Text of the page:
Kiveli Dörken’s temperament, passion and dedication to music is palpable in every one of her concerts. With her infectious enthusiasm and captivating presence, she values a close contact with her audience, often addressing the listeners first, before sitting down at the piano and pushing the boundaries of sound diversity and artistic expression.
Kiveli began her musical path as a 7-year old student of the renowned piano pedagogue Prof. Karl-Heinz Kämmerling, who taught her until his death, 10 years later. She continued her musical education with Prof. Lars Vogt, with whom she studies at the Hochschule für Musik, Theater und Medien in Hanover until today.
She is a member of the TONAListen agency, and has received scholarships and support from various foundations, such as the Deutsche Stiftung Musikleben, the renowned festival „Spannungen“, the International Musikadamie Liechtensteinand the „Werner Richard – Dr. Carl Dörken“- Stiftung (no relation).
On June 5, 2020, her first own studio album appears on the Ars Produktion label. It features two works by Josef Suk: the piano cycle “Things Lived and Dreamt”, op. 30, and the Piano Quintet in G Minor, op. 8 – the latter played together with outstanding musician friends (Christian Tetzlaff, Florian Donderer, Timothy Ridout, Tanja Tetzlaff). For Kiveli Dörken, it was a unique “moment of synchronisation” that led to the late-Romantic Czech composer Josef Suk becoming the focus of her first own studio project. Upon encountering Suk’s works for the first time, she felt “instinctively close to him. I immediately sensed that the musical language he uses is one that is very similar to my trains of thought, my actual language, my way of talking.”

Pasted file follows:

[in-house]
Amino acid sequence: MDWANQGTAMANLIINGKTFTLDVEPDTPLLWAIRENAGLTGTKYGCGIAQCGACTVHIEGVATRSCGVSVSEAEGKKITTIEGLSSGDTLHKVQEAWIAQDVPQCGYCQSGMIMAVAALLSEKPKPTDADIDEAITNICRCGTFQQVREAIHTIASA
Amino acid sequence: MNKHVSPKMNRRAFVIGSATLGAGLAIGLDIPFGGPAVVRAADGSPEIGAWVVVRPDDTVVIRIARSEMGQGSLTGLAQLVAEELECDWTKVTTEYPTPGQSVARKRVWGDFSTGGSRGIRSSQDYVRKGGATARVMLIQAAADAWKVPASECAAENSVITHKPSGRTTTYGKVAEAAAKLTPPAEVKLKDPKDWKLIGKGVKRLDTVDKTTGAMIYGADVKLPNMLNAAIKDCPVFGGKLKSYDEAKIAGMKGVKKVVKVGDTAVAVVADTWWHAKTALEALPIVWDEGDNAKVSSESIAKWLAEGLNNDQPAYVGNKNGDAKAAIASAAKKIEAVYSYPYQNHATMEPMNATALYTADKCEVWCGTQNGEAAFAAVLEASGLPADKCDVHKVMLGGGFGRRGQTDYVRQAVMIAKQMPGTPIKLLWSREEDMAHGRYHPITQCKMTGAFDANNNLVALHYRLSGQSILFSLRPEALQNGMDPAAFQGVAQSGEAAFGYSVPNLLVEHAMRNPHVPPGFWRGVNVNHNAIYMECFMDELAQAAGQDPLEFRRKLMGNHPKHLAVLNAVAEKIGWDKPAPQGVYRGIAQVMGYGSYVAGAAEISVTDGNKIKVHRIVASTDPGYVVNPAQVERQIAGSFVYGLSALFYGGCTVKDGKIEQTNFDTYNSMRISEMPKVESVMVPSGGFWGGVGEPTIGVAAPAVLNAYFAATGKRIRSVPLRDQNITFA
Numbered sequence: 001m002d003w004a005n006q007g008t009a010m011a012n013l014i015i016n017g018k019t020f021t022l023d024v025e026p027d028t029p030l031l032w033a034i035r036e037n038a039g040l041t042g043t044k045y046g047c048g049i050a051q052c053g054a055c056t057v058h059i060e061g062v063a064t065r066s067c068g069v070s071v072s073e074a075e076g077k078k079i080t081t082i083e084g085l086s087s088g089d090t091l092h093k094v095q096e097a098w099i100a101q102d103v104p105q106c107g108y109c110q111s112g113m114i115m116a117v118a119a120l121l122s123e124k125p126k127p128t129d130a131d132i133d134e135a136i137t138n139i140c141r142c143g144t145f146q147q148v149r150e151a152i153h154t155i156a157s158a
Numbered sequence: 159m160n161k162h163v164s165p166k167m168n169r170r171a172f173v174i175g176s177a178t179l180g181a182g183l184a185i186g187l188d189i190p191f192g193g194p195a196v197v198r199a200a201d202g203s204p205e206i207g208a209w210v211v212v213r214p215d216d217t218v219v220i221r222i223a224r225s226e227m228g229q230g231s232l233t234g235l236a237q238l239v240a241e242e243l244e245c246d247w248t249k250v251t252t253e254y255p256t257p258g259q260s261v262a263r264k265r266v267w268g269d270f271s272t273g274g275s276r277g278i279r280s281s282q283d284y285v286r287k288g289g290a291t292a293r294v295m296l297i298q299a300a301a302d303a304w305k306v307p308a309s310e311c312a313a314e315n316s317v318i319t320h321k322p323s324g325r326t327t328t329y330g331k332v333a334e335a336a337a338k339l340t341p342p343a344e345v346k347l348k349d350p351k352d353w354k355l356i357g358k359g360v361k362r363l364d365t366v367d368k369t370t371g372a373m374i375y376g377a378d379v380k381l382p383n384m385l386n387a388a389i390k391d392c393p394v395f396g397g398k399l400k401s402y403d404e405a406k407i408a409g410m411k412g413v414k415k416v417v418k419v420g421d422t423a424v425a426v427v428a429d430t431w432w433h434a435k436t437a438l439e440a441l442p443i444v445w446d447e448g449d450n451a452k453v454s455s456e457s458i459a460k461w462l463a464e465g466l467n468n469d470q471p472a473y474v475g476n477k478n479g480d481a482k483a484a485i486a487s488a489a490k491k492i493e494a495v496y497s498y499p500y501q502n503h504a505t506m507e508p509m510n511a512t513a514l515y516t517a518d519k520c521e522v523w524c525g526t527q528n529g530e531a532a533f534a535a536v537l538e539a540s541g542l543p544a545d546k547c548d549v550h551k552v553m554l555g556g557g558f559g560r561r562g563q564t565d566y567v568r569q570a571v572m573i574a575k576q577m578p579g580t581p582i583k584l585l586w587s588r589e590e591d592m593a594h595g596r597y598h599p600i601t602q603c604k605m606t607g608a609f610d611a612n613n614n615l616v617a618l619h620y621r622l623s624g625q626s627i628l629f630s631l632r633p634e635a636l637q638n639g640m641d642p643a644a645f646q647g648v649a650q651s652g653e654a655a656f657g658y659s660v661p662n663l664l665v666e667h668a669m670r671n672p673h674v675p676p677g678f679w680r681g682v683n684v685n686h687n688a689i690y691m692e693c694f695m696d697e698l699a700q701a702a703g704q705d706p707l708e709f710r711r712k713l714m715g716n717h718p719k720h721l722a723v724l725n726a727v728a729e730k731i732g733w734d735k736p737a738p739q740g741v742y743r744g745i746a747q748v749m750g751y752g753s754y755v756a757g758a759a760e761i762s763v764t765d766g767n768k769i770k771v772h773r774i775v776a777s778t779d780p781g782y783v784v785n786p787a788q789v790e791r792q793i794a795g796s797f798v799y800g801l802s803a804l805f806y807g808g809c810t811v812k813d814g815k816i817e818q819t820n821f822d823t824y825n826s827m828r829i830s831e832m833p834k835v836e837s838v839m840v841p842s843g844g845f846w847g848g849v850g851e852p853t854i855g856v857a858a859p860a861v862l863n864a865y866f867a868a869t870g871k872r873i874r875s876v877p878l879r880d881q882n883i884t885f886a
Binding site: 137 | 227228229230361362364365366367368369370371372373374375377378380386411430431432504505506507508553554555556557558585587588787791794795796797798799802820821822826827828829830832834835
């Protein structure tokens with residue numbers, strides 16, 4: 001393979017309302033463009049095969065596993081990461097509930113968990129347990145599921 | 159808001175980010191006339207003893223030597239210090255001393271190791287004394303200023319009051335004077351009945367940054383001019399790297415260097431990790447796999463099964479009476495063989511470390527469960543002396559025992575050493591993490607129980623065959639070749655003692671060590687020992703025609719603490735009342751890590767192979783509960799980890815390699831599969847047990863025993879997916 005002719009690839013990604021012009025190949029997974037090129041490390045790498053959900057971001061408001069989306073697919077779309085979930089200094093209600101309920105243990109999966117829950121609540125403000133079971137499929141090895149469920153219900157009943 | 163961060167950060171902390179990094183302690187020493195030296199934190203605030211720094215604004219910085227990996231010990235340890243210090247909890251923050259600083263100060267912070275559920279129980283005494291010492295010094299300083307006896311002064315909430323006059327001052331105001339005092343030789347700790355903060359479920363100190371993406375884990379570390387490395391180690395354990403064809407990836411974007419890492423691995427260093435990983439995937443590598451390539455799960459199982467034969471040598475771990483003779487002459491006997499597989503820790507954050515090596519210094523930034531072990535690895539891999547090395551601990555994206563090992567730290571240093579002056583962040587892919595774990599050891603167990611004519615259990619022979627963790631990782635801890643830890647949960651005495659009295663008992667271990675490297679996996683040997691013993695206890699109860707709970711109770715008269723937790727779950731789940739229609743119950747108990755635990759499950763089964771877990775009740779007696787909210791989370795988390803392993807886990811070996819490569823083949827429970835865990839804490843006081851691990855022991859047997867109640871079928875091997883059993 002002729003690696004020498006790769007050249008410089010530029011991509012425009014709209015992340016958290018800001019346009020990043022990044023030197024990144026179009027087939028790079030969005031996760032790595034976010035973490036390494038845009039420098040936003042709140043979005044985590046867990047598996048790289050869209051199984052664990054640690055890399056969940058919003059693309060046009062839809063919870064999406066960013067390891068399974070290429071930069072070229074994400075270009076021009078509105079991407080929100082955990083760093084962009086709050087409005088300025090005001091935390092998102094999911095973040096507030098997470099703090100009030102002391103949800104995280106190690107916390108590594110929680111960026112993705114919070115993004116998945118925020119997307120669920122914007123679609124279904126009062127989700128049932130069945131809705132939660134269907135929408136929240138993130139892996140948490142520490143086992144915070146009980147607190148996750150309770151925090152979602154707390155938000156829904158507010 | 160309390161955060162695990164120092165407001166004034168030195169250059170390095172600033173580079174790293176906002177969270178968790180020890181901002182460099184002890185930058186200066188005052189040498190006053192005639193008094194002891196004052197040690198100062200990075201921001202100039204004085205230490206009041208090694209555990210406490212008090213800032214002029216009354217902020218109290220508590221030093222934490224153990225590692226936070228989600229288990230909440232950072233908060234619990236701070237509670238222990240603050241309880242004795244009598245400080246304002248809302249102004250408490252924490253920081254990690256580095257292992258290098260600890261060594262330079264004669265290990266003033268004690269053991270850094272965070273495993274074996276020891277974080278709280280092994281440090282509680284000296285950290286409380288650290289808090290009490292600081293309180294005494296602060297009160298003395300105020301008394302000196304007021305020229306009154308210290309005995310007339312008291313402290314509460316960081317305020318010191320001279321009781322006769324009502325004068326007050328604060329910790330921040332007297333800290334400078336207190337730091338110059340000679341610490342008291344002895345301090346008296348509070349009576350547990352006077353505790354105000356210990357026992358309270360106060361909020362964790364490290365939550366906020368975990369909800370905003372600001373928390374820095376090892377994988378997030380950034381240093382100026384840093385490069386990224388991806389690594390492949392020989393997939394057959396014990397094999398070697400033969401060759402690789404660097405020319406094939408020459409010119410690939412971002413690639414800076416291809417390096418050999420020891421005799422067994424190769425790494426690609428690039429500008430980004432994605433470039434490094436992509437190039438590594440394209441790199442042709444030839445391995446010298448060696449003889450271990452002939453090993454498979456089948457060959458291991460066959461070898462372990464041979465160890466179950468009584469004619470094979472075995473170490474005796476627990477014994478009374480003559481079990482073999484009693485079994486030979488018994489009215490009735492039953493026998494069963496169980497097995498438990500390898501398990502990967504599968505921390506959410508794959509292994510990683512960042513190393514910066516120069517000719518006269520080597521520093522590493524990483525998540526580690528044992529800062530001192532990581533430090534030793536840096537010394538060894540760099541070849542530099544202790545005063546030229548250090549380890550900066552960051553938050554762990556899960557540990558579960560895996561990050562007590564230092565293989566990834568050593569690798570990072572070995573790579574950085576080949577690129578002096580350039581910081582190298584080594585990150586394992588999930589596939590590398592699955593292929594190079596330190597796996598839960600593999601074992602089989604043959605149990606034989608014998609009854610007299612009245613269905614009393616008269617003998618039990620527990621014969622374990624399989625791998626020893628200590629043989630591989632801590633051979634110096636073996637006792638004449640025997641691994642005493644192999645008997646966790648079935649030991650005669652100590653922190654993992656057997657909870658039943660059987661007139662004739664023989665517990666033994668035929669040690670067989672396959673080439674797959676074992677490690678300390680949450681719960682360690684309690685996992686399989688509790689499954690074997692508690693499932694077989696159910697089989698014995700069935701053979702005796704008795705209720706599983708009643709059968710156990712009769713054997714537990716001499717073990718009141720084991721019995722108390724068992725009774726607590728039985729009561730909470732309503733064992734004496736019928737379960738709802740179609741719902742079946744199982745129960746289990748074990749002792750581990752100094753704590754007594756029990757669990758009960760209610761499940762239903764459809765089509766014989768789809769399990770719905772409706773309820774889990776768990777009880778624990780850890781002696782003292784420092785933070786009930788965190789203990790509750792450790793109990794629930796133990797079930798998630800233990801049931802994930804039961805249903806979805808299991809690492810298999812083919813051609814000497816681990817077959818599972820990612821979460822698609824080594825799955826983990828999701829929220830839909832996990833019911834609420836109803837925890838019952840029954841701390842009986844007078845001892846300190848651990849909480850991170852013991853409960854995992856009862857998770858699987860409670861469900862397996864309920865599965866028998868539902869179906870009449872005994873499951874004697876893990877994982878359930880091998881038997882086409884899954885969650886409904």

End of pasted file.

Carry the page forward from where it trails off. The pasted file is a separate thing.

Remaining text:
The piano cycle “Things Lived and Dreamt”, op. 30, by this favourite pupil and (later) son-in-law of Antonín Dvořák forms the centrepiece of the album. It is something like a sleeping giant of the piano repertoire. “I was always looking for something that expresses my being and is somehow also a bit undiscovered.” In the altogether ten pieces of the cycle, composed in 1909, Suk, an outstanding violinist who gave more than 4,000 concerts as a member of the internationally-acclaimed Bohemian Quartet, displays an individual, expressive musical language that has emancipated itself from the style of his popular artistic mentor. For Dörken, the work is a wonderful kaleidoscope in the form of an artist’s diary that runs the gamut from melancholy to irony: “Here, it is more about everyday emotions that subtly influence our life and that affect us more deeply precisely for this reason.”